A recent response to my article “Dangerous Precedents” has enhanced my realization of how divisive and confusing ordinary news reporting has become, as major news organs have moved from straight-up reporting to selective reporting. The respondent flamed me for saying, “Teachers have discovered how to get paid without having to go to work” – denouncing it as a “patently absurd” statement, and saying that I would know better than this if I listened to “any teacher in the news.” The “news,” of course is exactly the problem.
The writer went on to insist that teachers in his/her neck of the woods could instruct me on my error, if I asked them. Evidently nothing like what I described was happening there, so my spurious charge cast doubt on my entire article. (Translation: the whole “dangerous precedents” tale was probably made out of whole cloth.)
I’m glad if everything is hunky-dory with the public schools out in my critic’s neighborhood. If teachers there are working, or want to return to work, I’m happy about that, too. But that region, which I know something about, is a long way from the nearby DC-suburb of Fairfax County, Virginia, where teachers’ unions are resisting all attempts to get their members back to school. As the price of resuming in-person teaching, they are making expensive funding-demands of the county’s governing officials. Meanwhile, desperate parents are searching for private schools where their children can get back to classroom instruction.
I never set out to offend people in my articles, but I don’t put lipstick on a pig, either. I didn’t say all teachers were staying away from work, but I do know that it’s happening down here in the Old Confederacy, as well as in DC, Los Angeles, and other locales across the country. Last evening a national news reporter referred to a $129 billion item in Mr. Biden’s proposed $1.9 trillion COVID stimulus bill as “payola for teachers” – a bribe to get them back to work. Call me old-fashioned, but in my day you got fired if you didn’t show up for work. Now you get to share $129 billion. (Is this a great country, or what?)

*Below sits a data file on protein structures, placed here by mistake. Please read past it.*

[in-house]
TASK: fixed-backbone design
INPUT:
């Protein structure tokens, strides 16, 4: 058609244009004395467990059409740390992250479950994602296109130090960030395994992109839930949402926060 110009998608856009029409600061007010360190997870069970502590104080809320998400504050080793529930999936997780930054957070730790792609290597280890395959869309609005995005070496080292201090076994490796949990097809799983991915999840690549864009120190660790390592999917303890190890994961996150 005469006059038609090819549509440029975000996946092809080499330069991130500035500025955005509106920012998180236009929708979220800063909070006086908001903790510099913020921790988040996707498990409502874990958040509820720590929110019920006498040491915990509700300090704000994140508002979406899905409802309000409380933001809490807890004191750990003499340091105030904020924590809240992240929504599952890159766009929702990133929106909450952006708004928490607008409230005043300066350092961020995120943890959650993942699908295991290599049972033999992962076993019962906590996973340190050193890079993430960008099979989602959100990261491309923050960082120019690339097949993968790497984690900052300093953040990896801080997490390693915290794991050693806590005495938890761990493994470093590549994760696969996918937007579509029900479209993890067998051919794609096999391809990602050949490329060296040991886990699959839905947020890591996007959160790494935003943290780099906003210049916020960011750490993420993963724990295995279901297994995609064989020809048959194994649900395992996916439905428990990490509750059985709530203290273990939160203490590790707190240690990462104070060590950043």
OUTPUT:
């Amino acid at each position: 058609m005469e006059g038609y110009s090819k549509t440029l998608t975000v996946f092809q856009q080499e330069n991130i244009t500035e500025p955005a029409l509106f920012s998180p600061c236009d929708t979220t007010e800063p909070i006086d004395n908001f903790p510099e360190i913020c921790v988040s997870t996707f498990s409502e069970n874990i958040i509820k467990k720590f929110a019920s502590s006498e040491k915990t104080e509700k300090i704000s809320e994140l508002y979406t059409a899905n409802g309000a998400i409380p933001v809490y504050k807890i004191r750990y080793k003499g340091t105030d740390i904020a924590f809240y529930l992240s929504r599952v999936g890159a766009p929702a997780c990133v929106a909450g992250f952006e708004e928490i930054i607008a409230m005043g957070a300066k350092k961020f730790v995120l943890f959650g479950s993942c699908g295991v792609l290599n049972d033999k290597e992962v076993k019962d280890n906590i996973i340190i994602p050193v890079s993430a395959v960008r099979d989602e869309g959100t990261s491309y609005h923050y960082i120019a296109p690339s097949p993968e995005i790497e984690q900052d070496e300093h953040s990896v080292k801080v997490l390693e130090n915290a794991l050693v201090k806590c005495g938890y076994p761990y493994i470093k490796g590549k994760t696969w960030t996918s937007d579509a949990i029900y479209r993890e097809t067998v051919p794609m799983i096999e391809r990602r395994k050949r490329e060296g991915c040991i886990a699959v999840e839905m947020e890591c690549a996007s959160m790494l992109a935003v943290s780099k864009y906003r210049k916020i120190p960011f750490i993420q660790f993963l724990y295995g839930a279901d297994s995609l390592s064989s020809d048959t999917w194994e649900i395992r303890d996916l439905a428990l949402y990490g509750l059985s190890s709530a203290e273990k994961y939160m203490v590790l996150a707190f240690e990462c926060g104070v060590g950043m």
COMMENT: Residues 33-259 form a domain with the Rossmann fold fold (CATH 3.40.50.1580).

My wife had a teaching career; two of my granddaughters are teachers; and other members of my extended family are also in the profession. I have great respect for teachers, and I owe a lot to those who taught me. They changed my life. But a situation where teachers won’t report to the classroom, but can still draw their pay, is disruptive to good order and harmful to students. If the precedent is allowed to stand, it will spread. Teachers in other locales will think they can stay home, on full pay, whenever another virus hits. This must be corrected, and there’s no value in pretending that all is well.
I’m used to getting denounced by readers. I’ve been called an ignorant fool, an evil-doer, certainly not a Christian and very likely a Spawn of Lucifer. (That applies to me and the horse I rode in on!) If I took these charges seriously, I’d be in the nuthouse by now. Indeed, some critics have charged that I should already be there. Fair enough. It’s par for the course.
I usually ignore those harsh critiques, but I paid more attention to that recent respondent than I ordinarily would – not because I thought his/her charges were correct, but because they perfectly illustrated my argument about the damage being done to our society by incomplete or deliberately inaccurate news reports. In particular, non-reporting on events that run counter to the political narrative favored by some major news organs is a serious concern. As reporters for major news organizations like to say – “If we didn’t report it, it didn’t happen…”
For readers who think selective news-reporting is a brand-new construct, allow me to describe how some past events affected both American attitudes and world politics. Nearly a century ago an Anglo-American journalist named Walter Duranty served as bureau chief of The New York Times (1922-’36), following the Bolshevik victory in the Russian Civil War of 1918-1921. Duranty wrote a series of glowing reports about the Soviet Union, eleven of which were published in the Times. He received a Pulitzer Prize for those articles in 1932.